Still running Drupal 6? Start planning your upgrade now!

Drupal 8 is coming. The countdown is underway. It could be here by October. If past experiences with recent major Drupal releases is any indication, October may be on the early side; major Drupal versions are released only when ready, with 0 known critical bugs, and that could take longer than 7 months. But when it happens, one thing is for sure:

Community support for Drupal 6 will disappear!

As a Drupal user, it’s very likely that you already know that the strength of Drupal comes from its community. So losing that community support is a big deal.

The policy is this: The Drupal community supports the current release and the previous release. Today, Drupal 7 is the current release and Drupal 6 is the previous release. Both versions get community support for and bug fixes and those critical security updates. (The current release always gets the most attention; the previous release usually gets bug fixes only if they’re really major or critical.)

Diagram of community support for releases

Drupal receives community support for the current release and the previous release. The next release is bleeding edge, while older releases languish, unsupported.

Once Drupal 8.0 comes out, community support for Drupal 6 disappears. That is not the time to start thinking about upgrading. The time to start thinking about it, budgeting for it, planning it is now!

What are your options?

If you’re currently on Drupal 6, you have three paths to choose from to ensure that your site’s codebase receives community support past the Drupal 8.0 release date:

  1. Examine Drupal 8, start mapping out your upgrade strategy – identify what you can upgrade, what will require crossgrades, what new things you may want to embrace, what old things you can safely let go of – and begin your upgrade process as soon as Drupal 8 reaches Release Candidate stages, so that you can go live right around when Drupal 8 comes out.
    • Caveats: This is the bleeding edge approach. Many contributed modules will lag behind the core Drupal release, so some functionality may require delay or custom implementation.
    • Benefits: The upside is that you get to enjoy that Drupal 8 goodness all the sooner. And you will be on a codebase with community support all the way until Drupal 10.0 is released, which likely won't happen until many years from now.
  2. Upgrade to Drupal 7 now, or certainly before Drupal 8.0 is released. Drupal 7 has reached maturity. The code is stable. There are literally thousands of contributed modules that you can leverage to make your site much richer than it would be otherwise.
    • Caveats: While you will be extending your site code’s community-supported life, it will be only until Drupal 9.0 is released, so your upgrade investment’s shelf life is shorter.
    • Benefits: You get to enjoy Drupal 7 now, which is mature, with thousands of contributed modules, and already represents a big improvement over Drupal 6. Also your upgrade to Drupal 8 (or 9) down the road will be easier than it would be if you’re upgrading from Drupal 6.
  3. Take your chances and wait until Drupal 8.0 is out and contributed modules you need are available.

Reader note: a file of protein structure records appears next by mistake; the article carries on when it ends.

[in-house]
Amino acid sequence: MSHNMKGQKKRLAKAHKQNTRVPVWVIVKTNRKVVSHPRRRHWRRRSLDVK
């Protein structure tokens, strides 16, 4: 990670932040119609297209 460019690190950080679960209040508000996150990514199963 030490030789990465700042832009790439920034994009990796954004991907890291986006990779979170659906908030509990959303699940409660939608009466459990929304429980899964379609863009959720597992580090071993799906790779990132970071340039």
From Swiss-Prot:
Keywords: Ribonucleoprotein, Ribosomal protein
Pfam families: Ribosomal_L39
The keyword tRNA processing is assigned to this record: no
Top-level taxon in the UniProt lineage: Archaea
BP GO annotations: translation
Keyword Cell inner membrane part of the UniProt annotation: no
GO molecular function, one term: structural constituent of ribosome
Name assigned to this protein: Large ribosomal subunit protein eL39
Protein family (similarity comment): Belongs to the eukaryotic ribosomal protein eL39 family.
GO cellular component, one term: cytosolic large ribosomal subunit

• Caveats: You will be running unsupported code once Drupal 8.0 is out, so you’ll have to move very quickly at that point. Remember that any web development project may takes weeks or even months to complete, depending upon complexity and availability of resources, and throughout that period your current site will be running without any community support. For some people and organizations, that’s okay, but for mission-critical sites, it could be a risky way to go. Unsupported code is the other bleeding edge.
    • Benefits: You can put off your investment for now and keep things status quo. And you an always embrace option 1 or 2 next month or next quarter.

Our recommendation is to seriously consider option 2, for two reasons:

  • Bleeding edge can bleed profusely, and it’s all the more hemorrhagic before the stable release comes out. On the other hand, waiting while riding unsupported code can leave your website or webapp vulnerable. Remember, older versions of Drupal have older requirements for PHP, MySQL, and so on; infrastructure resources available can diminish over time as your site’s technical requirements rely on increasingly outmoded technologies.
  • The release cycle for Drupal of late is on the order of 3 years, and that’s an eternity on the interwebs. It might be a good idea to plan an online refresh cycle that coincides with each stable Drupal release, if for nothing else than to occasion a review of your online strategy and assessment of your key performance indicators. Right now, 2008-era sites are downright stone-age; imagine what a 2010 (Drupal 6) site will look like in 2017!

Drupal 8 > Drupal 7+1

Every major release of Drupal brings new features, improved architecture, freedom from some outmoded code, and new power in flexibility. In all the years I've been working with Drupal (since 2004), I've never seen a new Drupal release as profound as Drupal 8. This is going to going to be the biggest, most significant upgrade in the history of Drupal, with improvements such as new configuration tools to manage layouts and views, more native mobile and HTML5 support, RESTful web services, various usability improvements, a delightful new Twig templating engine, and a new underlying foundation of Symfony making all these things and more performant and more powerful.

And if you’re like many of us and feel that Drupal 8 can’t come soon enough, there are many ways to pitch in. All are welcome!

And if you’re still on Drupal 5...

...Your upgrade is already years overdue. Get on it!

We want to work with you!